Ted Gundy is an Army Sniper. Gundy fought in the Battle of the Bulge during World War II and sent the enemy to their eternal resting places with a 1903 model A4 rifle. Check out this amazing article and video package from Simon Neville.
He may be 85 years old, but when Army sniper veteran Ted Gundy was given the chance to show off the skills he used in World War Two, he proved he could still keep up with the very best.
That’s because he was invited to try out the Army’s latest technology in a challenge to hit a target a whopping 1,000 yards away.
Before he could get his hands on the modern day equipment, the Army presented him with a 1903 A4 replica sniper – the same he used in the war and had not seen since 1944.
Despite a 66-year gap without using the gun, he had no ease picking off a target at 300 yards, with all three shots hitting the target.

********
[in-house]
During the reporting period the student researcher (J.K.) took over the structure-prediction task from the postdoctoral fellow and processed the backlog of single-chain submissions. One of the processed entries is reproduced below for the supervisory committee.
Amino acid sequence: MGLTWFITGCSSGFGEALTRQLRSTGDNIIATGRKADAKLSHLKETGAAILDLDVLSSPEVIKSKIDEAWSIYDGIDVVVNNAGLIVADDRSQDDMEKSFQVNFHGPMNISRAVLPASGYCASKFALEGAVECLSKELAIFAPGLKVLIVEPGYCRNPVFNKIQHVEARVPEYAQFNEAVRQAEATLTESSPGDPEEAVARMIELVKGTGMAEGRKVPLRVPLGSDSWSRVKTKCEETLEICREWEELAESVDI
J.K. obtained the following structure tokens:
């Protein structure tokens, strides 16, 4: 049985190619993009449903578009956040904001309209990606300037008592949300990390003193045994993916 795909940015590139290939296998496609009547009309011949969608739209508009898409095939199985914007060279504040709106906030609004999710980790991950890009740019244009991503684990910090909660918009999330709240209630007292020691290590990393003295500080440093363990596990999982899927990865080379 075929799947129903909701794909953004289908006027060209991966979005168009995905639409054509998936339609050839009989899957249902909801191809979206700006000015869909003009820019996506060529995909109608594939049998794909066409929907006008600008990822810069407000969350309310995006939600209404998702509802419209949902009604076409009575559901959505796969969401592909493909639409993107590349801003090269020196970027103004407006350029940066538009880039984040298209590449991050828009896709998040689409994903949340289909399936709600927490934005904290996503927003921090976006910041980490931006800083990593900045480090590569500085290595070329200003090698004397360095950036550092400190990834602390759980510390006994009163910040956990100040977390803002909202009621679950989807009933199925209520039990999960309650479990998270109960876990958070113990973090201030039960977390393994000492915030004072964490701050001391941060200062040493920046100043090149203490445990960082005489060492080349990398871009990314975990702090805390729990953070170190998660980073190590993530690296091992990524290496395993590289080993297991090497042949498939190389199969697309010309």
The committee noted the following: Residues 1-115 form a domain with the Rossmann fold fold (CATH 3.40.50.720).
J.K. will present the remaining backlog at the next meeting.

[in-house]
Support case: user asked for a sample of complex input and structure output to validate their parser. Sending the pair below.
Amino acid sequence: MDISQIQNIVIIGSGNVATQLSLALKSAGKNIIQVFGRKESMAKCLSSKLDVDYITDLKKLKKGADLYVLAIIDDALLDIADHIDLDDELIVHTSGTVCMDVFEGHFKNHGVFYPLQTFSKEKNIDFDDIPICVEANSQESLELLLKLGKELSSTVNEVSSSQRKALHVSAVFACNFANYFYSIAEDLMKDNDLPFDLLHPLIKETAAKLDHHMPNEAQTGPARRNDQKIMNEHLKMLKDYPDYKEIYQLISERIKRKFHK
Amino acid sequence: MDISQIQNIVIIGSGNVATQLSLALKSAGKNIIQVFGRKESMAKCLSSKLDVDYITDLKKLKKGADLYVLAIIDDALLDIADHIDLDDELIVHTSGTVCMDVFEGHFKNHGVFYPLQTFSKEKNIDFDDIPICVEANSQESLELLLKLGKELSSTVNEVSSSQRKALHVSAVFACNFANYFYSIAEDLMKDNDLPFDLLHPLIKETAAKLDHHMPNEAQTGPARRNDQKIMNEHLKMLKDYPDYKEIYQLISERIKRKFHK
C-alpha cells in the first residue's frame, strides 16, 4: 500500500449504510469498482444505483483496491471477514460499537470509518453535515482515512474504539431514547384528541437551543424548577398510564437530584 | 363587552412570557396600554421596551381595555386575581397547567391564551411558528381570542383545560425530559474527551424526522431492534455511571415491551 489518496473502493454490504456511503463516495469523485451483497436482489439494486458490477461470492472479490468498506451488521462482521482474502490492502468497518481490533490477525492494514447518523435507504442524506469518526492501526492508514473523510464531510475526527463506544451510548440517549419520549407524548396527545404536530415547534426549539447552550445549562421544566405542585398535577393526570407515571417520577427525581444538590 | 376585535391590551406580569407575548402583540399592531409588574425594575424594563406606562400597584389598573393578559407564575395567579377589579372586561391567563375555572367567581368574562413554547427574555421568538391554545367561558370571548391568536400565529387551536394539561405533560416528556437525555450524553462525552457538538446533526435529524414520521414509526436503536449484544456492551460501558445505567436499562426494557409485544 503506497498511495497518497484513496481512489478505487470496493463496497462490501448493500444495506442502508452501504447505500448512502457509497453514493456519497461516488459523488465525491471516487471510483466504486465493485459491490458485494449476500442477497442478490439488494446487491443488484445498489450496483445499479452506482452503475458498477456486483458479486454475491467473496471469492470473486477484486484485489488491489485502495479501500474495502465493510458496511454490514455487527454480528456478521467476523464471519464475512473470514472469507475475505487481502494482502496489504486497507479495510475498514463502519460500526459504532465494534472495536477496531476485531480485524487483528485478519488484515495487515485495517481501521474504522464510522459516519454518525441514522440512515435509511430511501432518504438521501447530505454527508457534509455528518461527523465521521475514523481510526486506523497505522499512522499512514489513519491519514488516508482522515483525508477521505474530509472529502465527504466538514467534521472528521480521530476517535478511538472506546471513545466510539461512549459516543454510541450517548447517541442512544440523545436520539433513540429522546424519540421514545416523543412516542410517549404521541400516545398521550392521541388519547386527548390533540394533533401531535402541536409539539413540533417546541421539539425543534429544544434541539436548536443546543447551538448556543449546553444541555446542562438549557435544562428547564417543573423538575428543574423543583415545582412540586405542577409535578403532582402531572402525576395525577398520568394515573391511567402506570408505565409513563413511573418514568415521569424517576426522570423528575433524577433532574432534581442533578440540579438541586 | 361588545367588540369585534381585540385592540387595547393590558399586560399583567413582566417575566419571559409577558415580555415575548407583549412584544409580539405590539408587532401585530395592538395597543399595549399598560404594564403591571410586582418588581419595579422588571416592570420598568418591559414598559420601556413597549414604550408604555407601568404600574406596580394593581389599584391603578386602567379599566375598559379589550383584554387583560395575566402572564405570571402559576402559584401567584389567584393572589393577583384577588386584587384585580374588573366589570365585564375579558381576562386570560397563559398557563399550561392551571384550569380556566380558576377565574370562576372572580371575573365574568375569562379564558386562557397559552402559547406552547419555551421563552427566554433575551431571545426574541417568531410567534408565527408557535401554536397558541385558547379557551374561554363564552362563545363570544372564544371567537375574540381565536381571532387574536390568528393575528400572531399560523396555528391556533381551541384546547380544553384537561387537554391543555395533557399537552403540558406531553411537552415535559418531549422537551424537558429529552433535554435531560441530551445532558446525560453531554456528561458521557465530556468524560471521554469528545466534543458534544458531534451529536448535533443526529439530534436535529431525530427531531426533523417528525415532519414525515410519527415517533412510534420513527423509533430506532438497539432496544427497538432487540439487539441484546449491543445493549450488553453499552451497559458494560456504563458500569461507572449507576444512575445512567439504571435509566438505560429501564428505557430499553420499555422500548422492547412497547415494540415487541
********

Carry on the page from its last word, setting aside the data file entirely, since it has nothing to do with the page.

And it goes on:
It was then that the officers taught him how the Army’s custom made Remington 700 works and explained how a 1,000 yard shot can be achieved.
It involves a second sniper, called a spotter, judging the wind direction and any other conditions that could affect the bullet’s trajectory.
Mr Gundy, who lives in Memphis, Missouri, said before the shot: ‘I couldn’t even dream in a thousand years how you would even see the target, yet alone hit it.
‘I hope that I can hit the target but if I was betting money I’d bet nine to one that I don’t. That’s a long, long way.’
But his modesty was greater than his skills and he managed with ease to pick off the target, with three impressive head shots all within five inches of each other.
He said afterwards: ‘I couldn’t believe I could have hit anything that far away.’
SFC Robby Johnson, who taught Mr Gundy how to use the new equipment said: ‘To meet someone that was actually there and was a sniper back then, it’s just a great honour.’
Mr Gundy, holding back the tears, said the experience was ‘one of the nicest things to ever happen in my life.’